Keyword-wise our project is a top-down 2D space exploration game. Where you,
Space Dude, is on a space walk salvaging an old wreckage collecting relics and
other lost and forgotten things of the past. Equipped with his trusty wallet and
tether, Space Dude bravely steps out to where no one has gone before.. well
In other news, we gained some new members, initiated planning on a GameJam for
this semester, and will also (hopefully) be demoing our game at BoilerFrag 8.0
SIGGD is going to have a working prototype of Killer Platform (working name) for Purdue University Gamers Group (PUGG)’s
event called BoilerFrag. BoilerFrag is a big LAN party for gamers on campus. People come together and games of all sorts for a day.
This would be a great opportunity to gain more exposure for SIGGD, who we are and what we do, as well as a great opportunity to get feedback on our current project.
BoilerFrag is in a couple weeks, and we are steadily making progress.
After a couple of years, the “About Us” photo needed an update. Most of the people in the old photo graduated and are doing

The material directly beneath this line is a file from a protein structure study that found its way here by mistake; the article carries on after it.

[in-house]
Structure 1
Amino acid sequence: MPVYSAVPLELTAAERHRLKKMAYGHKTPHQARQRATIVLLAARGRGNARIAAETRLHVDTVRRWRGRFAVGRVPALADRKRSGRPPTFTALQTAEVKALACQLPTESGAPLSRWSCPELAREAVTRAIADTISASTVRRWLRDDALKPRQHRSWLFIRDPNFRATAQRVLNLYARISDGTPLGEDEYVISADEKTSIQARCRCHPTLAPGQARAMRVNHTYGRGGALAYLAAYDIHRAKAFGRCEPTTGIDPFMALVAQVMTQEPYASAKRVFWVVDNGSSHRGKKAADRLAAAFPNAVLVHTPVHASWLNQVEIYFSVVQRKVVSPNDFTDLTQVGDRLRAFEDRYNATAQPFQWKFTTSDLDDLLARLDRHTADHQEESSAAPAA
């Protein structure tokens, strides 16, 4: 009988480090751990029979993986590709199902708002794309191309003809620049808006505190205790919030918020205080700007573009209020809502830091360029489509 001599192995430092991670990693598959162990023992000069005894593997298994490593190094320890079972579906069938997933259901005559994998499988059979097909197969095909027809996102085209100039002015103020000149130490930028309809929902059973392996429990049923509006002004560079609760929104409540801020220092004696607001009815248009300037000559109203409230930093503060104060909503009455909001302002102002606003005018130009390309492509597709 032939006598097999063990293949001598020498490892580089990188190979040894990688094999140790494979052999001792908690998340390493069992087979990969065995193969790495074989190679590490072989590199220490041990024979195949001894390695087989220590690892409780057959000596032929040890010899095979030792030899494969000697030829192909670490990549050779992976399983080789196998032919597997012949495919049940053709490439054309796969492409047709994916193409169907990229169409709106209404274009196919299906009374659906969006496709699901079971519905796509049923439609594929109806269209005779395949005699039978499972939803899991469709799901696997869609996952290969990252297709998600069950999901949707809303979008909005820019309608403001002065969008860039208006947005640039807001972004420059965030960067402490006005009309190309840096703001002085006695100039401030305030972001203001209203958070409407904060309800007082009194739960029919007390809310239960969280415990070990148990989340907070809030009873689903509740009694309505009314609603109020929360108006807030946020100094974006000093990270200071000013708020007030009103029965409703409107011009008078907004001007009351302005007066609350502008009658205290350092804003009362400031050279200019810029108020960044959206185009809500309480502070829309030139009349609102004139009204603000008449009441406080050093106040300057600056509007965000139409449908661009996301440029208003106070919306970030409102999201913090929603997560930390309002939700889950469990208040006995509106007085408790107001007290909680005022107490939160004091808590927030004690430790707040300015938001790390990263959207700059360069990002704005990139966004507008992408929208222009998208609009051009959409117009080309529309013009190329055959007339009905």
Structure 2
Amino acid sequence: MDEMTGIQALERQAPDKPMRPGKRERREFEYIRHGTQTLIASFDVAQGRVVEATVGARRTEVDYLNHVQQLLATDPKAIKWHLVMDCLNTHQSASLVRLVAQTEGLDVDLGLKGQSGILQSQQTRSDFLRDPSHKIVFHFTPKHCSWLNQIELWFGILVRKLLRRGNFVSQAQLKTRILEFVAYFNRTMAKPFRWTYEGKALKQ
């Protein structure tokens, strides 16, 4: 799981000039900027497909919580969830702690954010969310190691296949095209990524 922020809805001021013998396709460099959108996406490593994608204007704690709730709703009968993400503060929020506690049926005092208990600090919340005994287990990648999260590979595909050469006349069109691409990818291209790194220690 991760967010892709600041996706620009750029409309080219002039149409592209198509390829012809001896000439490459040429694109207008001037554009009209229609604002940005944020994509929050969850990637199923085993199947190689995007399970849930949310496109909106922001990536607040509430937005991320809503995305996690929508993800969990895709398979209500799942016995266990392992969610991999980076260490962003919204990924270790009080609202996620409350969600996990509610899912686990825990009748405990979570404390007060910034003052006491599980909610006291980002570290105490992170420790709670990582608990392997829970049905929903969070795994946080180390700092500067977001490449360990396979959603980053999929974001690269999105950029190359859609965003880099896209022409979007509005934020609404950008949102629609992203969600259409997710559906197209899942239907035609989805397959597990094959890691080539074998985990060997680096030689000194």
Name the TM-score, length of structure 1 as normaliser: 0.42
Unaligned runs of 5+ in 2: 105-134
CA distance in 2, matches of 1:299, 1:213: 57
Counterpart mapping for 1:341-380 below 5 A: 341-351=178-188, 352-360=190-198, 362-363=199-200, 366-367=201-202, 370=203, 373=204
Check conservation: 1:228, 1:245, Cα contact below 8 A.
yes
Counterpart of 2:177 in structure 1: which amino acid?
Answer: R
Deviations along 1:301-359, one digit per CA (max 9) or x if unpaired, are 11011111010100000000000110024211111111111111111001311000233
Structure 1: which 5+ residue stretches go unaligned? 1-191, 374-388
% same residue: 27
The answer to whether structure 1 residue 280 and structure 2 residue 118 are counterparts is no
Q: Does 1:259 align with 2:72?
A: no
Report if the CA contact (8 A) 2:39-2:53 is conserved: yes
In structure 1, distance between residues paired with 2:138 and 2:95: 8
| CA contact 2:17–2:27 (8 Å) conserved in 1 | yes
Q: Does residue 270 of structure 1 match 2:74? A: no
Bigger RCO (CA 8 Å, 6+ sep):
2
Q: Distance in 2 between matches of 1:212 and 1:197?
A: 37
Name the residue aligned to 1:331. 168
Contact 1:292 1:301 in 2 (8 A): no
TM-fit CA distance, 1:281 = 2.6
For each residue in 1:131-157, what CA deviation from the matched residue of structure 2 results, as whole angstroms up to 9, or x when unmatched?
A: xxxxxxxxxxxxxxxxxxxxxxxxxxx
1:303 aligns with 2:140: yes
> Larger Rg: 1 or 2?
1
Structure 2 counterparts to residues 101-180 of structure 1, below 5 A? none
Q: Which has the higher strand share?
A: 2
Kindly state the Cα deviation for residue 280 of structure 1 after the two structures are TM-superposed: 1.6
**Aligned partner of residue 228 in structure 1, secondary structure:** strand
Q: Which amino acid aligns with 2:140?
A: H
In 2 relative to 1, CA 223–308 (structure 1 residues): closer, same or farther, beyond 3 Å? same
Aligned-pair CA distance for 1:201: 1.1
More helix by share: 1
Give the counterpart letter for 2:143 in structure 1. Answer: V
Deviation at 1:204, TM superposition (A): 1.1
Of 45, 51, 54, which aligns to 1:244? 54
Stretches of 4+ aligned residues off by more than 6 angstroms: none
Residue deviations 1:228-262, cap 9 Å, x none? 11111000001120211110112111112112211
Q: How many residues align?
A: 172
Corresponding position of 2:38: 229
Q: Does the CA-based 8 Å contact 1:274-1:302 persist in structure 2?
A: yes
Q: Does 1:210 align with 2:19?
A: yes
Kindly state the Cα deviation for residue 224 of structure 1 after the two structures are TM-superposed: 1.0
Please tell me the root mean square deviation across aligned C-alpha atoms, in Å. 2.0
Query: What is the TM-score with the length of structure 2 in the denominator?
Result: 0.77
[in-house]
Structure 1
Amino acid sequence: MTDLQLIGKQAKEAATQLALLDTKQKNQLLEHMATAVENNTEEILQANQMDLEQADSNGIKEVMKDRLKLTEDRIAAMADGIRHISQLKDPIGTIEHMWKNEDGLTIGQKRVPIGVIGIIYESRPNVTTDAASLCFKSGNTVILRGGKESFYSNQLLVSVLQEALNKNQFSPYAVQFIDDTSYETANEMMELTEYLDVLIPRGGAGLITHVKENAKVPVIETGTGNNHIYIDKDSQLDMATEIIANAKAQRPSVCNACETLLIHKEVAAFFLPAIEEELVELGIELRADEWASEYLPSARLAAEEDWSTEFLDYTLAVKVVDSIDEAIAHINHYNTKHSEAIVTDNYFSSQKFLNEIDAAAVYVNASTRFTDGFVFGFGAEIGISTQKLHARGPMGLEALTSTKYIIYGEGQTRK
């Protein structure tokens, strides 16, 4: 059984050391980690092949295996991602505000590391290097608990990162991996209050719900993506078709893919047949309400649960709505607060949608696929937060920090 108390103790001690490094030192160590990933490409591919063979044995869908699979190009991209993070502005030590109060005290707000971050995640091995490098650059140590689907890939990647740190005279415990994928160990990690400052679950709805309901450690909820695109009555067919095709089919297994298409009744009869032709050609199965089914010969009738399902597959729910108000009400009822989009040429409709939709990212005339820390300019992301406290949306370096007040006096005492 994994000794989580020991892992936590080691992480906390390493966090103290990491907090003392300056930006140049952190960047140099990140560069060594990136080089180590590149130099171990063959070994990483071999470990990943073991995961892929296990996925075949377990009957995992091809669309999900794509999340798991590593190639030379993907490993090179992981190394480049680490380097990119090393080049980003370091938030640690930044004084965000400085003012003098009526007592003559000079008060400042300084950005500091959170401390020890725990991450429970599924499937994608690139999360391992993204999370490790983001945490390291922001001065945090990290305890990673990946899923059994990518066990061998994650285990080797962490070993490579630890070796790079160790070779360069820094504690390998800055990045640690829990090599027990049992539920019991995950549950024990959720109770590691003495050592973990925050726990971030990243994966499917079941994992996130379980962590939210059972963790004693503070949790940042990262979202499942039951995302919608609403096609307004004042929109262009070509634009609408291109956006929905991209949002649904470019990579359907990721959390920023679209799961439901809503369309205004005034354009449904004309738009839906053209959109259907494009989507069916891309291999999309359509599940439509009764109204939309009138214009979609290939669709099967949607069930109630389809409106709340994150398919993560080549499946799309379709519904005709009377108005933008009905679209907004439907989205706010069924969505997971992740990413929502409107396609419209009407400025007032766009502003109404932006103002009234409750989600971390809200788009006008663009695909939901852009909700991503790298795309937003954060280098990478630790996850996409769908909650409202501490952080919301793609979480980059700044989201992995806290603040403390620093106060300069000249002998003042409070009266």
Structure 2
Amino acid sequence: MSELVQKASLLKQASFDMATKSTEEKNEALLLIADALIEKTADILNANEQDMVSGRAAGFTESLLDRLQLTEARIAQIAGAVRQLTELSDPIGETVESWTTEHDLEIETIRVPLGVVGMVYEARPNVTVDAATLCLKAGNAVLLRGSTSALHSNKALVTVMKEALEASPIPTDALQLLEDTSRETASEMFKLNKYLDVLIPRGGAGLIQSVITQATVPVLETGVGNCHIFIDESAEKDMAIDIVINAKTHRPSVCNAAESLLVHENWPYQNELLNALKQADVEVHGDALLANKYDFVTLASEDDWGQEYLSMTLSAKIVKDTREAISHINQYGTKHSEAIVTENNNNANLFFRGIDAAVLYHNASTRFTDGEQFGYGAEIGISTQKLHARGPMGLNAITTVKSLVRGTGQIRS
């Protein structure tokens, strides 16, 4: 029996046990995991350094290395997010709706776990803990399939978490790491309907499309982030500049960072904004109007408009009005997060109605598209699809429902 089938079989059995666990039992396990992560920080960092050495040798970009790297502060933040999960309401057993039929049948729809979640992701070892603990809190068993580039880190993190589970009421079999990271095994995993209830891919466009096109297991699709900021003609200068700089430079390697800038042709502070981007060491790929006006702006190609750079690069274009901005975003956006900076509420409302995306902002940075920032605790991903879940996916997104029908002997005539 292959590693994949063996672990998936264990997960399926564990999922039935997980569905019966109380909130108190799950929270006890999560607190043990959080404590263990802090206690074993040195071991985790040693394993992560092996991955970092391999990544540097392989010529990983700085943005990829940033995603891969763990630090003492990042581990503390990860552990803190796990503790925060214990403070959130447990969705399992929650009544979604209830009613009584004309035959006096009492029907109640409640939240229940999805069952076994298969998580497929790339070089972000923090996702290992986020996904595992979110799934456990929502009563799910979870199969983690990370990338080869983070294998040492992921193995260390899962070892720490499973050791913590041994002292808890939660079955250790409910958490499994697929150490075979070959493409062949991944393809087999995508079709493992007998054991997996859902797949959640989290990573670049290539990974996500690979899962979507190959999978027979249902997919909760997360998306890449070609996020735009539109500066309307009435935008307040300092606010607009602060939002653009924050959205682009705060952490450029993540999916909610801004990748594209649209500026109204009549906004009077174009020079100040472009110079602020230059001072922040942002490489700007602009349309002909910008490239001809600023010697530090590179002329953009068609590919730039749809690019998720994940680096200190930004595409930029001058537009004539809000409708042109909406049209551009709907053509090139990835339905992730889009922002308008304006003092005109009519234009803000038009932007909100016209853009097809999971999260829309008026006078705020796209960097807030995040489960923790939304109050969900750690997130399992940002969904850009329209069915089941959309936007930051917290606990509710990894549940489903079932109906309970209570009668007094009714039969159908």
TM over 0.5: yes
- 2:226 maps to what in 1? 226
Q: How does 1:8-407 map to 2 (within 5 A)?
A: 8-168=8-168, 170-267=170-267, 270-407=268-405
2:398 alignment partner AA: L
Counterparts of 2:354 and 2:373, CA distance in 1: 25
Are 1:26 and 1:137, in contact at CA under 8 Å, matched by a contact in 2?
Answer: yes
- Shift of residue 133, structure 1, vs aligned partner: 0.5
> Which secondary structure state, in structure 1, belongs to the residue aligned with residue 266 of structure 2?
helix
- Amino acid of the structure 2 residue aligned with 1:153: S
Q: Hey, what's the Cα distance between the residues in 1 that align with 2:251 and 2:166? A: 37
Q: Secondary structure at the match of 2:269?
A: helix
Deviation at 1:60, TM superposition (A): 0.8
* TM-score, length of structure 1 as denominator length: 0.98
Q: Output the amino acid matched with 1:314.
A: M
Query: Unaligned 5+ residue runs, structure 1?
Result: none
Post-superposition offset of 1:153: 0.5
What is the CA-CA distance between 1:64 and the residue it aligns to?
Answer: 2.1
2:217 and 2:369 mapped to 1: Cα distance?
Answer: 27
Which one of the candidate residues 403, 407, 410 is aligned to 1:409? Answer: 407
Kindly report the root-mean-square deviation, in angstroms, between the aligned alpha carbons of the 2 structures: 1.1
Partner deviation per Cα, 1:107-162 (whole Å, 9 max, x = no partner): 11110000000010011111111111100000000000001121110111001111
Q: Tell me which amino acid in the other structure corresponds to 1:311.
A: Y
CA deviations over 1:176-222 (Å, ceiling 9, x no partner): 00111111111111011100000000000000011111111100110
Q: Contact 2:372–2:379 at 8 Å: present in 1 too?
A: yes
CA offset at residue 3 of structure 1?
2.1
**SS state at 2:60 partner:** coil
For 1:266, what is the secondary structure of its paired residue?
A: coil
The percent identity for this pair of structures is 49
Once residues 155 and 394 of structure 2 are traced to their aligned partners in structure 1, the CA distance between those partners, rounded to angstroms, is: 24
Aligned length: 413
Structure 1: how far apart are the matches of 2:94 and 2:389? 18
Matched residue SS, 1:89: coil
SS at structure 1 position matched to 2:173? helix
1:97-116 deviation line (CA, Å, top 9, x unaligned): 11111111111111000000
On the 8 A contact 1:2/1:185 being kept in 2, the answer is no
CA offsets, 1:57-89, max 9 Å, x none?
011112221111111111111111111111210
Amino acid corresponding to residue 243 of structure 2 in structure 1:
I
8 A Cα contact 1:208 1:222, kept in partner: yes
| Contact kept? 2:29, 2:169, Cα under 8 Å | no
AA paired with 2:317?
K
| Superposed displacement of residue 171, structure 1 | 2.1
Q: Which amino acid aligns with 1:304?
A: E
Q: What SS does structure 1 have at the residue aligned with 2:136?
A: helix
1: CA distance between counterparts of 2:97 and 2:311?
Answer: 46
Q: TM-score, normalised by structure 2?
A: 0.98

things in their jobs. So here we are, a smaller group with a few stragglers that came in after the photo, but still strong at
In other news related to games, I contacted a fair amount of US game companies about helping sponsor members of SIGGD to
go to the Game Developers Conference in March of 2015. A few are interested in helping sponsor our trip, most probably sent my email into
the trash, but there are lots more companies out there to ask. Just even getting a response shows people are interested in helping young
developers break into the field. I’m excited. Are you?
We had a good turnout from the ACM callout! About 10-15 new members joined, possibly more, and they all seem eager to sink their teeth into the project.
Thursday, Unreal Engine 4 was not installed yet on the computers, so I talked about various aspects of the club as well as answered many of their questions.